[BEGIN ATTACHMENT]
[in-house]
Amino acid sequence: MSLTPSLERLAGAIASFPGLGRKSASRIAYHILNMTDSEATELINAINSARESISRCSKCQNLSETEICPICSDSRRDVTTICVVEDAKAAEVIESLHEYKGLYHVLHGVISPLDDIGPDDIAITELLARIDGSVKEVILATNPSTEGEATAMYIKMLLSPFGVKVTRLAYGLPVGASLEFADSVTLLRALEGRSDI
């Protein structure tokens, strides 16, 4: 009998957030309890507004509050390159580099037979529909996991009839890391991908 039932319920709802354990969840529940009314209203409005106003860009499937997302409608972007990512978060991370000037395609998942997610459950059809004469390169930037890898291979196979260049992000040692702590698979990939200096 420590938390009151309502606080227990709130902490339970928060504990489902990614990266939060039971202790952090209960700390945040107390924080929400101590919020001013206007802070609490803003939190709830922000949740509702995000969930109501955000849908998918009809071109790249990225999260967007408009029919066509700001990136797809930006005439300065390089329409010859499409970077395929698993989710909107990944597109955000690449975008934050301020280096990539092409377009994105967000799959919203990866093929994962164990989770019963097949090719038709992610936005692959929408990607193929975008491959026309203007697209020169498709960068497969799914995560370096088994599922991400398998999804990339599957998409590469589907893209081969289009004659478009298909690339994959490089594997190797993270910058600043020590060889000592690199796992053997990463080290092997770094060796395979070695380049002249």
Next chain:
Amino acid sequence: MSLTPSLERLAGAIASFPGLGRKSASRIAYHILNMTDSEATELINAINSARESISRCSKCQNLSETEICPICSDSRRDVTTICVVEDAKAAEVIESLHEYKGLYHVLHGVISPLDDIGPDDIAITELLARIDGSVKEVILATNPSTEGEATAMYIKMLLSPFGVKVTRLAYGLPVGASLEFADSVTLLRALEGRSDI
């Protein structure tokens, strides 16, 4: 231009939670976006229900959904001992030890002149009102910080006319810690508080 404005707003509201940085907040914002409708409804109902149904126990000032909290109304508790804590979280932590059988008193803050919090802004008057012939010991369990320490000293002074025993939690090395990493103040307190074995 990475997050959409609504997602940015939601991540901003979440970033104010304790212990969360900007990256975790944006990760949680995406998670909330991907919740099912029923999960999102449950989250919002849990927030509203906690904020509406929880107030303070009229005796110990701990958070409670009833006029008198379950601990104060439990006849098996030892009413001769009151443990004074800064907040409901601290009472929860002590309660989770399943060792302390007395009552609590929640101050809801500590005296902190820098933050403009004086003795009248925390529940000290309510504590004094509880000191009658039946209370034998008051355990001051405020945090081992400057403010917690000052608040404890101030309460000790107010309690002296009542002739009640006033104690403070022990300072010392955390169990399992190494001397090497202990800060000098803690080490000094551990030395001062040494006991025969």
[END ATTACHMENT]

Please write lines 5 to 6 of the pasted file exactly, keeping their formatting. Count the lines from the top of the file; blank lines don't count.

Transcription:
Amino acid sequence: MSLTPSLERLAGAIASFPGLGRKSASRIAYHILNMTDSEATELINAINSARESISRCSKCQNLSETEICPICSDSRRDVTTICVVEDAKAAEVIESLHEYKGLYHVLHGVISPLDDIGPDDIAITELLARIDGSVKEVILATNPSTEGEATAMYIKMLLSPFGVKVTRLAYGLPVGASLEFADSVTLLRALEGRSDI
């Protein structure tokens, strides 16, 4: 231009939670976006229900959904001992030890002149009102910080006319810690508080 404005707003509201940085907040914002409708409804109902149904126990000032909290109304508790804590979280932590059988008193803050919090802004008057012939010991369990320490000293002074025993939690090395990493103040307190074995 990475997050959409609504997602940015939601991540901003979440970033104010304790212990969360900007990256975790944006990760949680995406998670909330991907919740099912029923999960999102449950989250919002849990927030509203906690904020509406929880107030303070009229005796110990701990958070409670009833006029008198379950601990104060439990006849098996030892009413001769009151443990004074800064907040409901601290009472929860002590309660989770399943060792302390007395009552609590929640101050809801500590005296902190820098933050403009004086003795009248925390529940000290309510504590004094509880000191009658039946209370034998008051355990001051405020945090081992400057403010917690000052608040404890101030309460000790107010309690002296009542002739009640006033104690403070022990300072010392955390169990399992190494001397090497202990800060000098803690080490000094551990030395001062040494006991025969």